I think the first thing you should ask yourself is why do you think the workout you did is a good representation of what a crit is? I don’t mean that as a dig or anything but what you described doesn’t sound like any of the crits I’ve ever done in my years of racing. What you described sounds more like a TT type effort.
Crits are very dynamic, there is a lot of variation in your power even when riding relatively efficiently simply due to all the corners plus the attacking style of racing that crits usually bring out in people.
Also, being a bigger rider (usually 165-170lbs) I’ve never managed to average anything close to 200w in any crit. The challenge lighter riders like yourself have is that you usually have to put out a similar number of watts to go the same speed which usually is a higher percentage of your FTP making it harder to sustain.
As for what you can do to race better in crits as a lightweight rider her is my list 1) learn to draft and race efficiently so you save energy until you have to use it. 2) Increase your short term power/repeatability to help you cope with the surges 3) increase your FTP to help you cope with the elevated pace of these short races. 4) race a lot and learn from your races, learn who the strong riders are in your races, learn how races usually play out (it’s different for teachnical courses, high speed non-tech course, and cross winds or rain will change the way a race plays out). 5) buy aero gear (wheels, skinsuit, helmet,etc…) This is speed you can instantly buy which reduces how hard you have to work. There is usually much more to be gained on the fitness side for most lower category riders, but those gains take months and years to develop. 6) race to your strengths, as a light rider you give less draft which can make it hard for people to draft off you effectively.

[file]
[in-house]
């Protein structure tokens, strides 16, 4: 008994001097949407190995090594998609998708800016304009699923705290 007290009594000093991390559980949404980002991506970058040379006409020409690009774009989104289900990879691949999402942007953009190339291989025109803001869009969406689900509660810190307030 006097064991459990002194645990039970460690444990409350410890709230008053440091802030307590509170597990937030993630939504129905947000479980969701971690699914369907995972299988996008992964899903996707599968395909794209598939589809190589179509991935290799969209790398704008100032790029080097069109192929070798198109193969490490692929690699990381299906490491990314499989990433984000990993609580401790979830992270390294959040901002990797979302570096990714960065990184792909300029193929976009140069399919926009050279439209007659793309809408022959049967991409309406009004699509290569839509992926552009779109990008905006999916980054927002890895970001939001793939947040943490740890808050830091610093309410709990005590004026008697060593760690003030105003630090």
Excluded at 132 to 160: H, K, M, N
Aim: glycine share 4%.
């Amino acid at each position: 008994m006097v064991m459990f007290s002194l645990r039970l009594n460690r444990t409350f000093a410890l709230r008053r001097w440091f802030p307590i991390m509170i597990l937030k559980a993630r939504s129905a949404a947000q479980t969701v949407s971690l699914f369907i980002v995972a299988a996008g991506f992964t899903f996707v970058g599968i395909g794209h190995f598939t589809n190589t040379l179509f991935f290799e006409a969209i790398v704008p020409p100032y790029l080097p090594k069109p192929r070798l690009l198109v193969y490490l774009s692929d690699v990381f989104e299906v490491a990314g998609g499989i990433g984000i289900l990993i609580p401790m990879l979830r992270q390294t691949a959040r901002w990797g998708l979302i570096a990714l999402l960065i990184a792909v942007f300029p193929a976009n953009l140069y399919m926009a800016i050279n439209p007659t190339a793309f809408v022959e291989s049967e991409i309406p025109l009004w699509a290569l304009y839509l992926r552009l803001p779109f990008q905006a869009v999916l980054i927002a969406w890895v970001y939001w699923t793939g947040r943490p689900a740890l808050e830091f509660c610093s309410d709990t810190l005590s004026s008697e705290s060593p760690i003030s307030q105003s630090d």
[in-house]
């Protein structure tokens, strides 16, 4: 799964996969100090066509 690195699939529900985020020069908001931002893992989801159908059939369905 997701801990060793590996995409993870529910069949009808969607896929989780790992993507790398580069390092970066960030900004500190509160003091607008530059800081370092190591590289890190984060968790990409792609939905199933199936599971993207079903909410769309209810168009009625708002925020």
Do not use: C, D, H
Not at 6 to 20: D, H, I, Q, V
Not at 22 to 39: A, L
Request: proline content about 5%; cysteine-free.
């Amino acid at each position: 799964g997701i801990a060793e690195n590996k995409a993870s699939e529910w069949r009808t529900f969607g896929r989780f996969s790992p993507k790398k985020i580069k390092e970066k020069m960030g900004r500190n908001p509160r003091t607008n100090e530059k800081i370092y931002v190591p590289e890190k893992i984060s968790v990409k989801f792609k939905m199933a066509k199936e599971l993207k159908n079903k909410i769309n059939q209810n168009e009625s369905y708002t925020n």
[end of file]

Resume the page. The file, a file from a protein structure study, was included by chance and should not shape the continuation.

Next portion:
Strangely, that list mostly applies to all rider weights. You happen to be lighter than most folks, but the steps to racing better will be pretty similar to that of heavier riders.